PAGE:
You’ve got a spoon in one hand and a camera in the other: You’re ready to feed your baby her first “real” food! It’s an exciting time, but it can also be a bit nerve-wracking for moms. Will your baby open up for the airplane? Is now the right time to try solid food? Is it safe?
Deep breath. You’ve got this. Here, Tama Bloch, RDN, an Abbott research scientist specializing in pediatric nutrition, shares her top five tips for making your baby’s transition to real foods a smooth one that will set the stage for a lifetime of good nutrition.
1. Introduce “Real” Foods at Around 6 Months
The right time to start the transition to solid foods comes down to 1) safety and 2) nutrition. Around six months of age, babies typically develop the ability draw their upper lip around a spoon and transfer food to the back of the mouth. Around this time, they also tend to master sitting up and supporting their head. All of this is necessary to keep babies safe and prevent choking.
However, since babies all develop at slightly different rates, during your baby’s sixth month, it’s important to keep an eye out for signs that your baby is ready for solid foods. Ask yourself:
If your baby shows these signs before reaching six months of age, it’s still important to hold off, unless your pediatrician advises otherwise. Feeding babies solid food too early can be associated with weight gain and unhealthy body fat, according to The American Academy of Pediatrics (AAP). What’s more, the AAP recommends exclusive breastfeeding for the first six months of life — and breast-feeding in combination with solids foods until at least age one.
2. Start Slow and Simple
The best first “real” foods for your baby include thinned-down purees of iron-enriched, cooked cereal, or vegetables, and fruit, Bloch says. At first, try mixing a teaspoon of cereal with four to five teaspoons of breastmilk or formula. Start with once-a-day solid-food feedings, and increase to two or three times a day as you both feel comfortable, she says.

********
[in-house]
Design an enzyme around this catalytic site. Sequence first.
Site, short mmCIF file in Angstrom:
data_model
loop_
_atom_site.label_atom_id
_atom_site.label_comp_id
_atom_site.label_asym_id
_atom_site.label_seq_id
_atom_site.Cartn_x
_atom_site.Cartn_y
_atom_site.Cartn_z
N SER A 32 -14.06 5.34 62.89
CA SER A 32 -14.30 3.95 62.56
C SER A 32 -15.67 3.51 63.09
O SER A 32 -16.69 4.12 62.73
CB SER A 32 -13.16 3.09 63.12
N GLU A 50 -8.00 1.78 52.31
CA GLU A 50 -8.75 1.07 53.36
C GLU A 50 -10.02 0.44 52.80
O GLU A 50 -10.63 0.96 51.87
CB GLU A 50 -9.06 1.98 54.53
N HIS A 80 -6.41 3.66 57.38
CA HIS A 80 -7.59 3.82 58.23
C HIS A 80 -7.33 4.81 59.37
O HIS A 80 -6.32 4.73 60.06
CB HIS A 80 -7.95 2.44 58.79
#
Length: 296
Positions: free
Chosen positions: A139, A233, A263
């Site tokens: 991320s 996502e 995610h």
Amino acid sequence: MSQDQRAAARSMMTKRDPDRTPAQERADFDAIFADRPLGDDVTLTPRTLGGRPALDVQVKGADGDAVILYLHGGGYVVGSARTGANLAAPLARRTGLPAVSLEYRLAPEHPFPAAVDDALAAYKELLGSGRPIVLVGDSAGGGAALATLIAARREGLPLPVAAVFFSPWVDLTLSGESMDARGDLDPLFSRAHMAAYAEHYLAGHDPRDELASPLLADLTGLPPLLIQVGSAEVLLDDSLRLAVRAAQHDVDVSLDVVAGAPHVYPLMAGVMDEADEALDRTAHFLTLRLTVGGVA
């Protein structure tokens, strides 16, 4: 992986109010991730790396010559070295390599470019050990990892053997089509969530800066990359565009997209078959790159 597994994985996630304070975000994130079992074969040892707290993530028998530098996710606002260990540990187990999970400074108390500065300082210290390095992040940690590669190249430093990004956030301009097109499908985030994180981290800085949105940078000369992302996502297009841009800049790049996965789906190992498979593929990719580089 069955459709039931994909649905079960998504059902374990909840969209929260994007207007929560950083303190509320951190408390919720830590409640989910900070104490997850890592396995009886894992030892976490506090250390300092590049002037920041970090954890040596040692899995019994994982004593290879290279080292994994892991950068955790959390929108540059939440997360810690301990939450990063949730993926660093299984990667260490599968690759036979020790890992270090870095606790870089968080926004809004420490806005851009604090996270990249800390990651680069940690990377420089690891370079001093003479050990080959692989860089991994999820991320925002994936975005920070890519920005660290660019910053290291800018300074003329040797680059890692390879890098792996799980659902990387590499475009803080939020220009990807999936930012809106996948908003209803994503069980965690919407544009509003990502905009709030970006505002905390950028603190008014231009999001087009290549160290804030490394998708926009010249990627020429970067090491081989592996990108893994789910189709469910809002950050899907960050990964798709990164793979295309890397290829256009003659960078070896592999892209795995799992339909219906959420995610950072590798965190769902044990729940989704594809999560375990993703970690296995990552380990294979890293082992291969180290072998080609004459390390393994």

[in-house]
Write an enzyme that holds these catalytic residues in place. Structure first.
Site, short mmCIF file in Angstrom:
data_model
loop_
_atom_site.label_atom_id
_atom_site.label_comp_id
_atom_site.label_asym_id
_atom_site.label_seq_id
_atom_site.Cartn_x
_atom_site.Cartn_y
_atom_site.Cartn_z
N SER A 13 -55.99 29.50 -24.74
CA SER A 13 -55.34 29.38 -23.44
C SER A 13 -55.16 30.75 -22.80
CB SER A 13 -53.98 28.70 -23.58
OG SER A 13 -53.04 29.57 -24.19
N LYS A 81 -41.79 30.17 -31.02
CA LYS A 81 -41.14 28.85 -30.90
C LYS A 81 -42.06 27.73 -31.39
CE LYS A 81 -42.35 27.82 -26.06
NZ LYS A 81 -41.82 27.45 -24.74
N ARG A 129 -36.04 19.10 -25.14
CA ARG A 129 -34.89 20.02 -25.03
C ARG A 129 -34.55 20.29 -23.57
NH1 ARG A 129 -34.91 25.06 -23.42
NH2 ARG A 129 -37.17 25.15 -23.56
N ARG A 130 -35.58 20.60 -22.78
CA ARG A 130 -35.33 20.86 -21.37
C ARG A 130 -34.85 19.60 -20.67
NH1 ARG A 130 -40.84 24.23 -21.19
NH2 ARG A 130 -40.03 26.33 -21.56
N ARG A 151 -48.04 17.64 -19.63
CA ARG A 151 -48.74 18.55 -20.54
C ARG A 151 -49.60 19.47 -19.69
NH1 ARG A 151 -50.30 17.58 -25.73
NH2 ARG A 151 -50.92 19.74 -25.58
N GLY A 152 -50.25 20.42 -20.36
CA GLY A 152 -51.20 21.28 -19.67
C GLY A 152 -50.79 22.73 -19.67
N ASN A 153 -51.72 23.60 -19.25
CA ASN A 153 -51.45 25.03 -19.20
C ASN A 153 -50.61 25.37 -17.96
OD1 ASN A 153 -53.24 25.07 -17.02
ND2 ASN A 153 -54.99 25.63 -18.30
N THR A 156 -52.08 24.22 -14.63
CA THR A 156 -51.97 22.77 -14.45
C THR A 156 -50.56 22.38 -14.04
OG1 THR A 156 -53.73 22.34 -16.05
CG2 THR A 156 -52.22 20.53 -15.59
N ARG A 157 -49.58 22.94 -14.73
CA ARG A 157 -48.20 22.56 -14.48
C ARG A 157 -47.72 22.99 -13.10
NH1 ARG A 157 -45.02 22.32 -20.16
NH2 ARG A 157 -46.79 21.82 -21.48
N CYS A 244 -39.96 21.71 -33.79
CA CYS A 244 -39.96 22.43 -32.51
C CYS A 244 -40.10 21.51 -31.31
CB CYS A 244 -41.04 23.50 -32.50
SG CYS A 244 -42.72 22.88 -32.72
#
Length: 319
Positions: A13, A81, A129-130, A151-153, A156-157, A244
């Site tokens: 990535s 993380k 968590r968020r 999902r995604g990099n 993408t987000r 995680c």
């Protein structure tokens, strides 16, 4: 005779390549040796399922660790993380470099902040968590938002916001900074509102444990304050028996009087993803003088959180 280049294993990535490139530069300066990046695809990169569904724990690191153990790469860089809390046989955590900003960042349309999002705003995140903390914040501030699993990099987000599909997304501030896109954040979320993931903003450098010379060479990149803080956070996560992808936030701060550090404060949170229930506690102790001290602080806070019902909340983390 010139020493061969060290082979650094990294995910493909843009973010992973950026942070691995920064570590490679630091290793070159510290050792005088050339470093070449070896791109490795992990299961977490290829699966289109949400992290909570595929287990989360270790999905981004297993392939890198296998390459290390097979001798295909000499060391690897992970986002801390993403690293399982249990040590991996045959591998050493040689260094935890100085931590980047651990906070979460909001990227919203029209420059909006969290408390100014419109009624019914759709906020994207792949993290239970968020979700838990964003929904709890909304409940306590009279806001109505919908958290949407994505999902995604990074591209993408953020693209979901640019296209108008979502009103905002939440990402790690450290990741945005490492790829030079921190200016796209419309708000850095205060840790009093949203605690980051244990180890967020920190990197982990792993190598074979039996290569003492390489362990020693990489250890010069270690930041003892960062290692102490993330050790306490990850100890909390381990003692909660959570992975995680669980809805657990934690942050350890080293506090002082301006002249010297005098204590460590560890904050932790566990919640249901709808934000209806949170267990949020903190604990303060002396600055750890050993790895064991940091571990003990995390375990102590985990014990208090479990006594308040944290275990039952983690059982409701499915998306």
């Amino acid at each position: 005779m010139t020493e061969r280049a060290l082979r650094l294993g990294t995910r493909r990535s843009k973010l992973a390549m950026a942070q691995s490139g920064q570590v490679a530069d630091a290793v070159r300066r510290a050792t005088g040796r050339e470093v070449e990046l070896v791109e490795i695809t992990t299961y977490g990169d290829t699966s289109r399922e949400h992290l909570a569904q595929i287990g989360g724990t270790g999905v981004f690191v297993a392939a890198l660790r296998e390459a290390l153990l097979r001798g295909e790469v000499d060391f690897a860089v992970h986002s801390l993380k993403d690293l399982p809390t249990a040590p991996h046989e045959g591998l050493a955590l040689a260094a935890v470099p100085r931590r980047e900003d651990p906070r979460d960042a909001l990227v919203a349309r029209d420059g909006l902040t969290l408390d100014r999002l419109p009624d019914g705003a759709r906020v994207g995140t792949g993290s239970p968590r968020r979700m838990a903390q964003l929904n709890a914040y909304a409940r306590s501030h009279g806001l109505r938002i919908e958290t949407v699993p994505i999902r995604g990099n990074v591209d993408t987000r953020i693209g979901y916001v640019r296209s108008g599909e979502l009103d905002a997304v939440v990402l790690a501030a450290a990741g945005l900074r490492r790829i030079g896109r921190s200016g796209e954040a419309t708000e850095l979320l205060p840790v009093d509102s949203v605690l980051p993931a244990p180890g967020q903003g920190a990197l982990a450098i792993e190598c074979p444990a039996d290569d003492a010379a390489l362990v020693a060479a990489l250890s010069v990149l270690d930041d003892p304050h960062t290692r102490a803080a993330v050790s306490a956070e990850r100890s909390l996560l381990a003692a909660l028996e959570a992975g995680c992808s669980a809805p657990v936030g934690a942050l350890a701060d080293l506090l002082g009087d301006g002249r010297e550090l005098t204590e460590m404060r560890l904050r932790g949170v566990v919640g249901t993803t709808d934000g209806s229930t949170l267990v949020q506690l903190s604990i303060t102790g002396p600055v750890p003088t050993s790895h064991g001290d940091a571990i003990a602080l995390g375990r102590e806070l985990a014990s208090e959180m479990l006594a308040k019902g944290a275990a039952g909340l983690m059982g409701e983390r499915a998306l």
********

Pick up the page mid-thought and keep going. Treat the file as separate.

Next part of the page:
Over time, you can decrease the amount of liquid as your baby masters increasingly solid foods like pureed meats. Allowing your baby to feed himself early on, often called baby-led weaning, may encourage improved eating patterns and lead to a healthier body weight, according to a 2012 review published in Nutrients. Start with small portions – maybe only a tablespoon or two at first – and slowly increase serving sizes to about ¼ cup.
3. Feed on Demand
“One of the important parts of teaching your baby how to eat is following the rule of supply and demand,” Bloch says. “Babies and children have a very innate sense of how much they need to eat. Let your baby be your guide.”
Similarly, remember that during the transition to solid foods – which can take around six months or even longer – it’s important to still regularly offer your baby breastmilk or formula. After all, during the beginning stages of the transition, 50 percent or most of your baby’s nutrition will still come from breastmilk or formula, she says.
4. Mix Up Your Menu with Healthy Foods
Sweet potatoes and pears, sweet potatoes and pears. It’s easy to get into a rut. But it’s important to remember that the foods you feed your baby sets the stage for the foods that they will eat for the rest of their lives, Bloch says. “You have a small window of opportunity to teach your baby to love healthy foods. Take it,” she says.
She recommends serving multiple vegetables (even ones you don’t like!) at every meal. Before you rule out a food as a “dislike,” serve it between 10 to 15 times. Eating and food preferences are a learned behavior and repeated exposure to different foods allow the baby to learn the flavor of each food, Bloch says.
And, when varying your menu, it’s best not to migrate foods high in fat, sugar or salt. They can increase children’s preferences for them and negatively impact their eating habits going forward, according to an article published in the The Journal of Nutrition.
5. Introduce Potentially Allergenic Foods Gradually
Many moms, afraid to trigger an allergic reaction in their baby, avoid feeding them foods like eggs, nuts or shellfish. But doing so is important because they are all healthy additions to a lifelong balanced diet, Bloch says. And a 2015 consensus statement published in the journal Pediatrics recommended that parents introduce their babies to highly allergenic foods during early life, as research suggests that doing so may actually prevent the development of specific food allergies.
When introducing the top eight allergen foods including milk, eggs, wheat, soy, fish, tree nuts and peanuts to your baby, Bloch recommends spacing each food apart by a week or more. If you notice any symptoms of food allergies in response to a meal, such as coughing, swelling or a rash, talk to your baby’s healthcare provider right away, she says. Together you will be able to determine if there are any food allergies and set your baby on the right track for a lifetime of good nutrition and health.